Benefits of walking
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There are many things you can do to look after your feet particularly if you have scleroderma. Here are a few pointers:
Foot and heel pain can be down to a variety of different causes. If you have scleroderma, you may have tender problem areas on your feet. For those of you diagnosed with Raynaud's, your feet can be one of the most painful areas; an episode can result in numbness, pain or pins and needles in your feet. But if you are suffering from shooting pains in your heel and along the arch of your foot, and it hurts more in the morning or when you first stand up, chances are that it is plantar fasciitis.
The plantar fascia is a thick band of tissue which runs along the sole of your foot, connecting your heel to your toes. Damage in the form of tiny tears can cause it to thicken; this is what leads to the characteristic shooting heel pains. The damage can occur suddenly as the result of an impact (for example when playing sport) or over time, especially in people over the age of 40.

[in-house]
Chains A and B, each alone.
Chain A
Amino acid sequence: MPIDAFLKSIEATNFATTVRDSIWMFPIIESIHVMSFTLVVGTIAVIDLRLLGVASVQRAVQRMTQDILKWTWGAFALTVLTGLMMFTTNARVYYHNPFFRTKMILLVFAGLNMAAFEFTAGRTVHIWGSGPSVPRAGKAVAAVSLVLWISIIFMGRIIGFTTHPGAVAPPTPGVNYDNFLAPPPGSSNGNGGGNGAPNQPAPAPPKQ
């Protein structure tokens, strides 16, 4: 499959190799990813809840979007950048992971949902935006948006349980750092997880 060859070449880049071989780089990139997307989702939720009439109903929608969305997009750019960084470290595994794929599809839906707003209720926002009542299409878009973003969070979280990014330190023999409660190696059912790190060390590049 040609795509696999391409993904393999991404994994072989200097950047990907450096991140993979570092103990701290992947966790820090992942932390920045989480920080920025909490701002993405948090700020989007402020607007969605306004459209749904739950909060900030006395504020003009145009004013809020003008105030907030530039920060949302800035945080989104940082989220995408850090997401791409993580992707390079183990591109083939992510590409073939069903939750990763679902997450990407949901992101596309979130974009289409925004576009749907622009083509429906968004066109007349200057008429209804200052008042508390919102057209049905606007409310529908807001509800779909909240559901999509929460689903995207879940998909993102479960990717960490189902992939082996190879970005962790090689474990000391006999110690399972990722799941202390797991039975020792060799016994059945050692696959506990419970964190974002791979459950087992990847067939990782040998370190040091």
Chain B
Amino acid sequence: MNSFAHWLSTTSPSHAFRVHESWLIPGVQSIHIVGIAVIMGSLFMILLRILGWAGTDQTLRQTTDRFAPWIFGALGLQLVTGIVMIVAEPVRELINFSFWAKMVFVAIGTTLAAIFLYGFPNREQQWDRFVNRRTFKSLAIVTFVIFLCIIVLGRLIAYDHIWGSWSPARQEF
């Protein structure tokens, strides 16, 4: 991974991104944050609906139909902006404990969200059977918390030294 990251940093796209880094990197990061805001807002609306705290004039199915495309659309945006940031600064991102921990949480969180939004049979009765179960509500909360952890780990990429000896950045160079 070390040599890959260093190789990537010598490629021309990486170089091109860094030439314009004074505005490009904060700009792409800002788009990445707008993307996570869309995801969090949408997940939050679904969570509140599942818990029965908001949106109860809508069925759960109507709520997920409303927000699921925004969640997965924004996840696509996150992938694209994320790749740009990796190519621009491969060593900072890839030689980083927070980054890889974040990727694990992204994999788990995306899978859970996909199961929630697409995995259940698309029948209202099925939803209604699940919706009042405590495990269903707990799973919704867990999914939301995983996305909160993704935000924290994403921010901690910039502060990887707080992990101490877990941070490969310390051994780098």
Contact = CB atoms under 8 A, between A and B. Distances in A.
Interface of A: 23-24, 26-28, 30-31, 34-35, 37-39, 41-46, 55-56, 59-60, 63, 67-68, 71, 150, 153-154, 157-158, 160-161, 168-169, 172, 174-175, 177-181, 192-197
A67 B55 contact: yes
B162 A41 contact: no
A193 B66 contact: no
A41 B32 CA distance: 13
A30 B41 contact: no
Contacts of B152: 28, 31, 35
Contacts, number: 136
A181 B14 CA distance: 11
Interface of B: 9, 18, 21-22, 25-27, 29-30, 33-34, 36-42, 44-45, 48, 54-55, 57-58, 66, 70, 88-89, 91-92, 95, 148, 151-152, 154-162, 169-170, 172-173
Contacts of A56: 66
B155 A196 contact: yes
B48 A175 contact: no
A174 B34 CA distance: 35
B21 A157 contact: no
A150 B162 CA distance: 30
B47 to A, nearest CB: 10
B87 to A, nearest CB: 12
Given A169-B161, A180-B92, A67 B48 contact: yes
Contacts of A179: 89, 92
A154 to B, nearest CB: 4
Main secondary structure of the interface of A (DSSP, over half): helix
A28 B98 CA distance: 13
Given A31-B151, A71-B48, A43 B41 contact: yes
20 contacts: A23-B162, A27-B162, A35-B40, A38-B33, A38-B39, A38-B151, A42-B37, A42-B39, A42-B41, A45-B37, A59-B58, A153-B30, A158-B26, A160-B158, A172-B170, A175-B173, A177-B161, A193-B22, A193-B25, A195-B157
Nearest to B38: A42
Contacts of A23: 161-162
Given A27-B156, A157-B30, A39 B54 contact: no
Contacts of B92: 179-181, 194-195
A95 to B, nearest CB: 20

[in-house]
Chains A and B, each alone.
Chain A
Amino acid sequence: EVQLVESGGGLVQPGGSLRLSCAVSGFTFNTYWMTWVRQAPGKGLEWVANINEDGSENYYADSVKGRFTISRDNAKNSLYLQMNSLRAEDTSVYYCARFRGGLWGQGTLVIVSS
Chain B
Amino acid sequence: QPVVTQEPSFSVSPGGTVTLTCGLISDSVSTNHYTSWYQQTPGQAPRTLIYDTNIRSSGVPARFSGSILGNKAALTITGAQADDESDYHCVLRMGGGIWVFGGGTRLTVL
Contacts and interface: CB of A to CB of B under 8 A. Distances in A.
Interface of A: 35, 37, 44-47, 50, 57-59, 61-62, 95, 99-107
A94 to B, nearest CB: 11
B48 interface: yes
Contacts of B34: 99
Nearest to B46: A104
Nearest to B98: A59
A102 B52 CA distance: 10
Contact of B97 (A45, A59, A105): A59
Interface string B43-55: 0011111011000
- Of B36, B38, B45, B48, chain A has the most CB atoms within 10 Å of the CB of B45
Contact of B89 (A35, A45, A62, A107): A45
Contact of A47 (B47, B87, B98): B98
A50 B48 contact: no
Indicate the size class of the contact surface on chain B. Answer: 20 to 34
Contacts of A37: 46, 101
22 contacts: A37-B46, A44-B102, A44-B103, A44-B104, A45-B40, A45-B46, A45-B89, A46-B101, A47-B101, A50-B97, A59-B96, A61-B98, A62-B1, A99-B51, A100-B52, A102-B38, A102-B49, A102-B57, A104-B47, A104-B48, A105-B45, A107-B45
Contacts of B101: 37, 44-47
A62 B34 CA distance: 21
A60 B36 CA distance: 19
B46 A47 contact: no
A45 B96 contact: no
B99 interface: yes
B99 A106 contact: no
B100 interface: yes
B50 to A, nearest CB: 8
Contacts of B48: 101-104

There are several ways to keep your heels healthy. Maintaining a sensible BMI puts less stress on your feet; obese people are more likely to have the condition. Make sure your shoes fit well and are supportive. Wearing flip flops or high heels every day can seriously stress your feet out. If you are a keen walker or runner, making sure you warm up and stretch before exercising is crucial, and you should replace your running shoes regularly. Here are some stretching exercises to try:
With thanks to Dr Will Gregory MSc, Advanced MSK Practitioner, Salford Royal NHS Foundation Trust for providing some of this information.